But the expansion of wind energy on land is considered particularly difficult. Resistance is forming in more and more communities if the fight against climate change is to begin on one’s own doorstep. Residents want to have the wind turbines out of their field of vision as far as possible, conservationists see problems with “blow risks” for red kites and bats, for example.

“Reconcile wind energy expansion with species protection”

The planning and approval of a wind farm often takes six to seven years. “This means that the ambitious goals of expanding renewable energies in power generation cannot be achieved,” said the managing director of the Wuppertal Institute for Climate, Environment and Energy, Manfred Fischedick, of the NZZ. In the future, species protection must be thought of in larger contexts and the priority should be more on population protection than on bird protection at individual wind turbine locations.

“Reconciling the expansion of wind energy with the protection of species” is what Habeck now also wants with the new “Wind on Land Law”. The targeted two percent of the land area, which is to be available for the construction of wind turbines in the future, should provide a particularly high level of explosive. Most of the federal states are far from it. This is also due to the rules for the distances between wind turbines and residential buildings, for which the federal states are responsible. It is the most controversial topic when it comes to expanding wind energy.

The 10-H rule in Bavaria in particular is controversial. It says that a wind turbine must be at least ten times its height from a residential building. Specifically, this means that if a wind turbine is 200 meters high, the residential development must be at least two kilometers away. This is a much stricter regulation than in other federal states.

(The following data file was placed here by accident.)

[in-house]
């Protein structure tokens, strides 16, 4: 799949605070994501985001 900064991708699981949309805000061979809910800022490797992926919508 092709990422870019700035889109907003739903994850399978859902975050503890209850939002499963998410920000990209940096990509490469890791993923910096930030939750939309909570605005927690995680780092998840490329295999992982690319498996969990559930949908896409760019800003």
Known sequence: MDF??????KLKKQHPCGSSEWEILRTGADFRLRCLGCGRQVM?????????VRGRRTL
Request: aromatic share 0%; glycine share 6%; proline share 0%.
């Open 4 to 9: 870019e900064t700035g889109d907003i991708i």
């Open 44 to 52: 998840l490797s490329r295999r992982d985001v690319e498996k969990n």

Resistance from Bavaria

What the new minister thinks of this rule, he already revealed on Tuesday: “Wherever distance rules are in place in order to carry out prevention planning, they can no longer exist.” The answer from Munich came promptly: “The 10-H rule is not shaken,” said CSU General Secretary Markus Blume. The Bavarian regulation on wind power secure acceptance and ensure public participation.

Habeck admitted on Tuesday that the massive expansion of wind energy will lead to many debates. He wants to hold talks with the individual state governments by the summer. A new form of citizen participation should also ensure greater acceptance among the population: That means that you don’t exchange “paragraphs”, but look each other in the eye, said Habeck.

Habeck also has to persuade his core clientele. In the industry, one worries above all about the sharply rising energy and electricity costs, “which would increasingly threaten the existence of”, said the Federation of German Industry on the move. Habeck’s plan to finance the so-called EEG surcharge, with which renewable energies would be financially supported, from the federal budget from 2023, is a “first correct, but not sufficient step”. However, companies with high energy consumption are exempt from the levy anyway. The new regulation of the EEG surcharge should therefore primarily relieve the burden on private households and low-income earners.